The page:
“I think the reason why Mommy left… was because for a long time… I kept trying to make her be a certain kind of person. A certain kind of wife that I thought she was supposed to be. And she just wasn’t like that,” explains Ted Kramer to his six-year old son in “Kramer vs. Kramer” (1979). At the end of “The Graduate” (1967), Benjamin and Elaine hop on a bus after she nearly marries the wrong man. The camera lingers on their euphoric expressions as they slowly turn into ambiguous looks – facing the uncertainty ahead. The producers and director of “Kramer vs. Kramer” saw their film as “spiritual sequel” to it. It depicts the sudden collapse of a marriage and how it forces both parents to become better people – in particular the workaholic absent father. After 40 years, it endures as a moving portrait of parenthood and a re-evaluation of gender roles.
The movie opens with the face of Joanna in profile and the sound of her sighing. “I love you, Billy,” she says – pain in her voice – to her son asleep in bed. “I’ll see you in the morning light,” he responds. I love those details given that we will learn how disillusioned Joanna is in her marriage and with her role as a mother. She is ultimately looking for self-realization. She will wait for her husband to walk in the door from work – and tell him “I’m leaving you.” Ted is an advertising executive and he’s focused on the new account he’s been assigned. It obviously hasn’t been easy decision for her, but Ted’s response is to ask her if this is a form of a joke – and that this is not the right time. He doesn’t hear her. The following morning Ted is encumbered with the task of getting his son ready for school. He doesn’t even know how to make coffee for himself. As he rushes his kid to school, he asks him “What grade are you in?” The main thrust of the film will be about Ted learning to communicate with his son – and reprioritizing his life to take care of not only his financial needs but his emotional well-being. Then, as the title suggests, Joanna will reappear and ask for custody — and a bitter battle will ensue. It will pull the rug from underneath us and make us question and reassess. “I don’t know how anybody can possibly believe that I have less of a stake in mothering that little boy than Mr. Kramer does. I’m his mother. I’m his mother,” Joanna will state.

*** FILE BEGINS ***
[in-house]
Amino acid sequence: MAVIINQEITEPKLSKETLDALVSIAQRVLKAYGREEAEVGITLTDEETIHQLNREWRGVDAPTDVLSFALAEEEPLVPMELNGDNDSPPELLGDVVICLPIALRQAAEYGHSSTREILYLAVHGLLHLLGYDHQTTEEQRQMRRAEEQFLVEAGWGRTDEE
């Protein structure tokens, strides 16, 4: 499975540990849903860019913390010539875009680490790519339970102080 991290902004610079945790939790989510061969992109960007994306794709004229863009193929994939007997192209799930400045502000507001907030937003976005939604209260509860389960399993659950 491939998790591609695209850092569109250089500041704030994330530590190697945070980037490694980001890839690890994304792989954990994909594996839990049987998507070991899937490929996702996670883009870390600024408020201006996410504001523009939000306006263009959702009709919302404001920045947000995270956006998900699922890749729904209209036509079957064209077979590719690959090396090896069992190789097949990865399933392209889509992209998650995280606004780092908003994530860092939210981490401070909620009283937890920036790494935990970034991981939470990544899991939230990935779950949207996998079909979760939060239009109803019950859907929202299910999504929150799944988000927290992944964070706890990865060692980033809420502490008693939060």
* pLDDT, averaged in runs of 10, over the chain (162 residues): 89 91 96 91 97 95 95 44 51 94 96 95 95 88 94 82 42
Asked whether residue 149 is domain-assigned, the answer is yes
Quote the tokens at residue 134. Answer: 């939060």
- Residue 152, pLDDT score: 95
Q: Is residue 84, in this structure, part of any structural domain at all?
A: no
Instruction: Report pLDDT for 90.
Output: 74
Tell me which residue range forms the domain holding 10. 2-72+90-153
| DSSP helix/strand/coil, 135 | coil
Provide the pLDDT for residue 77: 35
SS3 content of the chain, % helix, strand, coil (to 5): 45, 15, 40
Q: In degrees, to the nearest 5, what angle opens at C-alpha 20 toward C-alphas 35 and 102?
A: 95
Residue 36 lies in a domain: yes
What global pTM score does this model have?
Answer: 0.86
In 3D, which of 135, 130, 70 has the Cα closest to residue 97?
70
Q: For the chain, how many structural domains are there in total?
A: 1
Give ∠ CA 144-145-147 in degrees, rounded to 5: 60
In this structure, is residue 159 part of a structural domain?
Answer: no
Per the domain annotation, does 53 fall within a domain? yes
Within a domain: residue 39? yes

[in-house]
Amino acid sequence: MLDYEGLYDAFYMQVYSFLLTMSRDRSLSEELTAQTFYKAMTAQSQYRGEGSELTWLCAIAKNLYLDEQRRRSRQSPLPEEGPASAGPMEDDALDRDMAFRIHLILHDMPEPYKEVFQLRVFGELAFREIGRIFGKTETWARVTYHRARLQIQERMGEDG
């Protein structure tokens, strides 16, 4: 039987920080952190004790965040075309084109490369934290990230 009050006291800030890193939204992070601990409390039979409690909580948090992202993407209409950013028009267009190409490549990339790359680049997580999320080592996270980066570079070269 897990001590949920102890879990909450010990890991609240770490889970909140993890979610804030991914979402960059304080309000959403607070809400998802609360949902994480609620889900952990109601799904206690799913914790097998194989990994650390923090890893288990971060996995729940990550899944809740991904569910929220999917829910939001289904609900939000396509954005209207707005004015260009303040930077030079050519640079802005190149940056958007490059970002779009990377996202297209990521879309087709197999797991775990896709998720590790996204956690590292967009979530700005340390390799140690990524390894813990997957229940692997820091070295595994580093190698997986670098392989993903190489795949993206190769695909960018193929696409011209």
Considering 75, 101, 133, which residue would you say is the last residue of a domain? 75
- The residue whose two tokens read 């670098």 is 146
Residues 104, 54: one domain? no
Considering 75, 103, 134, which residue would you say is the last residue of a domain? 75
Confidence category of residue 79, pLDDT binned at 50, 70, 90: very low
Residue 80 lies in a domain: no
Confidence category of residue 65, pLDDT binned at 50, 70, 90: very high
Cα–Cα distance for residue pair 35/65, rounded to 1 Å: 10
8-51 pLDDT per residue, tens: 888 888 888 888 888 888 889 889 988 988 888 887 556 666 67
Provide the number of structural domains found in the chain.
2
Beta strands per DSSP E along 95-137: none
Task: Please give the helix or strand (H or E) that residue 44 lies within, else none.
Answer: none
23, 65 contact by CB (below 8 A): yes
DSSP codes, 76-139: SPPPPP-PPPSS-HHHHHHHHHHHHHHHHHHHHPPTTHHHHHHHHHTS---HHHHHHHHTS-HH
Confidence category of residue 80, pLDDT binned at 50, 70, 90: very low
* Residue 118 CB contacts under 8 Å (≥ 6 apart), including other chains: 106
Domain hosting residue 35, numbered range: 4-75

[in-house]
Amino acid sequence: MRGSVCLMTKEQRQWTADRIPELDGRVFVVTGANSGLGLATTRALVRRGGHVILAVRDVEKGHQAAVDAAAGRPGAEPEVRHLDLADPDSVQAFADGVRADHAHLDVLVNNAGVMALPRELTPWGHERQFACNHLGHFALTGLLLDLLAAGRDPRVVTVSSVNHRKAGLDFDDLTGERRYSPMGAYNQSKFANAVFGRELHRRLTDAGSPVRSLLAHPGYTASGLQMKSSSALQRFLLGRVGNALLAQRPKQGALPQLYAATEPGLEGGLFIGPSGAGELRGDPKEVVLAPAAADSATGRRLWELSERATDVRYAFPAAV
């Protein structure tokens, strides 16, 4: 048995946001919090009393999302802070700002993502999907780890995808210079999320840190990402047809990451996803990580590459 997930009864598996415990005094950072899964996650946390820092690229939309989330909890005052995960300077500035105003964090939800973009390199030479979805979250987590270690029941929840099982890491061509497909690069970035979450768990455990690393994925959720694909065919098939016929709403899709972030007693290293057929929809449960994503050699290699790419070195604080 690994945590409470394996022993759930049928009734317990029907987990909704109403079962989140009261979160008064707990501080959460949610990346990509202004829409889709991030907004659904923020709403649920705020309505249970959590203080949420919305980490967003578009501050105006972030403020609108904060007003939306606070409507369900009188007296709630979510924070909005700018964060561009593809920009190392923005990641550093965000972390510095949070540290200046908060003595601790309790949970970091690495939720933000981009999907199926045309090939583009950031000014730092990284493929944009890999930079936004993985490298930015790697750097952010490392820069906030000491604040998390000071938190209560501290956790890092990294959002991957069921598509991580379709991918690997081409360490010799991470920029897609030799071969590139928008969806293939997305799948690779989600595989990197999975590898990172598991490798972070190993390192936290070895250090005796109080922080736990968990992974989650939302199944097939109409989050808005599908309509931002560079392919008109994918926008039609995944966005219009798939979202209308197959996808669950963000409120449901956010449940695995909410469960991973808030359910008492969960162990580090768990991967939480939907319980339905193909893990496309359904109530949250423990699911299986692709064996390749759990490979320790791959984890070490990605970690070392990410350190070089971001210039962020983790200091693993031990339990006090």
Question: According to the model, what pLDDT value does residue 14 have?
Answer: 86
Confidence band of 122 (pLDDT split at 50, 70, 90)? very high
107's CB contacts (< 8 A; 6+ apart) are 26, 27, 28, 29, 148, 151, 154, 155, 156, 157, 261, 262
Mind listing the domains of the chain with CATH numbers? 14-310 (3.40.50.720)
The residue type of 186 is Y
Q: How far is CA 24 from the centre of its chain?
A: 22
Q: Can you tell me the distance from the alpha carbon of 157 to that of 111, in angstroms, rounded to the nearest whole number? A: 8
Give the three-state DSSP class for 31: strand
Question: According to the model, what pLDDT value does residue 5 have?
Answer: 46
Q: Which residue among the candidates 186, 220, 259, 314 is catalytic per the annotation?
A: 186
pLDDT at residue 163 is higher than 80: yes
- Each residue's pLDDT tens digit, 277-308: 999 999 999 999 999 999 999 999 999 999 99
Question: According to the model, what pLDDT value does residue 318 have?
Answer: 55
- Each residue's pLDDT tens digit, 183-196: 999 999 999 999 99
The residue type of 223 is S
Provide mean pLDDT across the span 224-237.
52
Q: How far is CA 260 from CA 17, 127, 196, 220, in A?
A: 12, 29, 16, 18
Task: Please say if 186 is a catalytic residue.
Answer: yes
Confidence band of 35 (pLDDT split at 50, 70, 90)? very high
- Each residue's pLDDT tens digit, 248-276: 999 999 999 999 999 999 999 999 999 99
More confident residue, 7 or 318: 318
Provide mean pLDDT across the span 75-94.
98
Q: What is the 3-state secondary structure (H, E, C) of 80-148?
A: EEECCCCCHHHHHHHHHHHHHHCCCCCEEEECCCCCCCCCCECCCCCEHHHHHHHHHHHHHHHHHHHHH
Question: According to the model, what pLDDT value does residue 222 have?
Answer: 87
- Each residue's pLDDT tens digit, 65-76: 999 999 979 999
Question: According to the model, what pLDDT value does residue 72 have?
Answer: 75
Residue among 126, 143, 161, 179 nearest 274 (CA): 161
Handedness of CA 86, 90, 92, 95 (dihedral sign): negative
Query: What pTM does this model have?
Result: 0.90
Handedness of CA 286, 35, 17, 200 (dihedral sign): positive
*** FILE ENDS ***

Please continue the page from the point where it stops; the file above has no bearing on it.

Robert Benton – who wrote the adaptation of the novel by the same name – and directed the film – hired Nestor Almendros to be his director of cinematography. Almendros – who won the Academy Award for “Days of Heaven” uses available light, natural light, and creates austere and disciplined compositions – which mainly take place in apartment buildings. There’s an emphasis on brownish earthy tones. What all of this does is create a humanistic approach to what we’re seeing – and a timelessness. The focus is on the characters and the words being spoken. Notice the opening shot of Joanna – it’s as if we were seeing a renaissance painting of a Madonna in profile against a black background. For the pivotal scene where Ted hands Billy to Joanna for a visit, it takes place in the Central Park Mall – a walkway leading to the Bethesda Terrace. It becomes a naturalistic conduit that bridges the two maturing adults.
Her performance in “Kramer vs. Kramer” capped an amazing year for Meryl Streep. The phenom had been in “The Deer Hunter,” “Manhattan” and on TV’s “Holocaust.” She brought a fragility and intelligence to Joanna that makes you pause. It is documented that her major speech in court was written by her. Dustin Hoffman is a revelation for the fact that he seems so exposed. We see the character learning to listen – stumbling – and moving forward. One of the most extraordinary moments both from the acting and directing perspectives comes when Ted – after having been fired, and willing to take a salary cut for the sake of his son – is waiting at an office Christmas party to hear if his big gamble will pay off. He sits and watches the merriment take place around him. It’s by far one of the best moments in cinema history.